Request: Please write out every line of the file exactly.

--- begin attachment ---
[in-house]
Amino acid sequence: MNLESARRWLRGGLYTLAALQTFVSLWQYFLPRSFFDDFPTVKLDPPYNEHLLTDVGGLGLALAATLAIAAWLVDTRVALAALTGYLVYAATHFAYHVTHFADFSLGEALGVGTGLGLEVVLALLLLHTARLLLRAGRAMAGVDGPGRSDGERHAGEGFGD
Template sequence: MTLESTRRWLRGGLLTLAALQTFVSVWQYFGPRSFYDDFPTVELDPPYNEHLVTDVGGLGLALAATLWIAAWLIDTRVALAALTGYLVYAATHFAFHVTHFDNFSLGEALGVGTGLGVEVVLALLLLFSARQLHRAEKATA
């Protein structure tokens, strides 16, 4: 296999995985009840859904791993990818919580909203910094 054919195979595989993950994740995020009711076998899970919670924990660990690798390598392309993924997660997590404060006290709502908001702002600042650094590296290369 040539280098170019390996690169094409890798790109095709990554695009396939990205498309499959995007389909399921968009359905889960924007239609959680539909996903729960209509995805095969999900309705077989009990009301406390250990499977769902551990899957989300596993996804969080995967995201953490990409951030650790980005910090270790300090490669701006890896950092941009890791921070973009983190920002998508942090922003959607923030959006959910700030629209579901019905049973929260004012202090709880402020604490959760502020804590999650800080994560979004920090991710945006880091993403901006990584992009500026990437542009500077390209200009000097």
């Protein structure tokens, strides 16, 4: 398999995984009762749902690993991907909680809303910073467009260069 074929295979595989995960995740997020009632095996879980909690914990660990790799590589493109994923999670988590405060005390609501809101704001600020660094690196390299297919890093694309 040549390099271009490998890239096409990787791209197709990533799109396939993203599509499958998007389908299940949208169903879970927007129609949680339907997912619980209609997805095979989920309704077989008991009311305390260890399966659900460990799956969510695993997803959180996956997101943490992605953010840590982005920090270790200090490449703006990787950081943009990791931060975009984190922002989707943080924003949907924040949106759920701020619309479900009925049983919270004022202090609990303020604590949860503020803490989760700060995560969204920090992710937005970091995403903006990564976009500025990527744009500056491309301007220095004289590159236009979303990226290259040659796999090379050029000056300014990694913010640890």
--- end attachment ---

[in-house]
Amino acid sequence: MNLESARRWLRGGLYTLAALQTFVSLWQYFLPRSFFDDFPTVKLDPPYNEHLLTDVGGLGLALAATLAIAAWLVDTRVALAALTGYLVYAATHFAYHVTHFADFSLGEALGVGTGLGLEVVLALLLLHTARLLLRAGRAMAGVDGPGRSDGERHAGEGFGD
Template sequence: MTLESTRRWLRGGLLTLAALQTFVSVWQYFGPRSFYDDFPTVELDPPYNEHLVTDVGGLGLALAATLWIAAWLIDTRVALAALTGYLVYAATHFAFHVTHFDNFSLGEALGVGTGLGVEVVLALLLLFSARQLHRAEKATA
């Protein structure tokens, strides 16, 4: 296999995985009840859904791993990818919580909203910094 054919195979595989993950994740995020009711076998899970919670924990660990690798390598392309993924997660997590404060006290709502908001702002600042650094590296290369 040539280098170019390996690169094409890798790109095709990554695009396939990205498309499959995007389909399921968009359905889960924007239609959680539909996903729960209509995805095969999900309705077989009990009301406390250990499977769902551990899957989300596993996804969080995967995201953490990409951030650790980005910090270790300090490669701006890896950092941009890791921070973009983190920002998508942090922003959607923030959006959910700030629209579901019905049973929260004012202090709880402020604490959760502020804590999650800080994560979004920090991710945006880091993403901006990584992009500026990437542009500077390209200009000097």
């Protein structure tokens, strides 16, 4: 398999995984009762749902690993991907909680809303910073467009260069 074929295979595989995960995740997020009632095996879980909690914990660990790799590589493109994923999670988590405060005390609501809101704001600020660094690196390299297919890093694309 040549390099271009490998890239096409990787791209197709990533799109396939993203599509499958998007389908299940949208169903879970927007129609949680339907997912619980209609997805095979989920309704077989008991009311305390260890399966659900460990799956969510695993997803959180996956997101943490992605953010840590982005920090270790200090490449703006990787950081943009990791931060975009984190922002989707943080924003949907924040949106759920701020619309479900009925049983919270004022202090609990303020604590949860503020803490989760700060995560969204920090992710937005970091995403903006990564976009500025990527744009500056491309301007220095004289590159236009979303990226290259040659796999090379050029000056300014990694913010640890």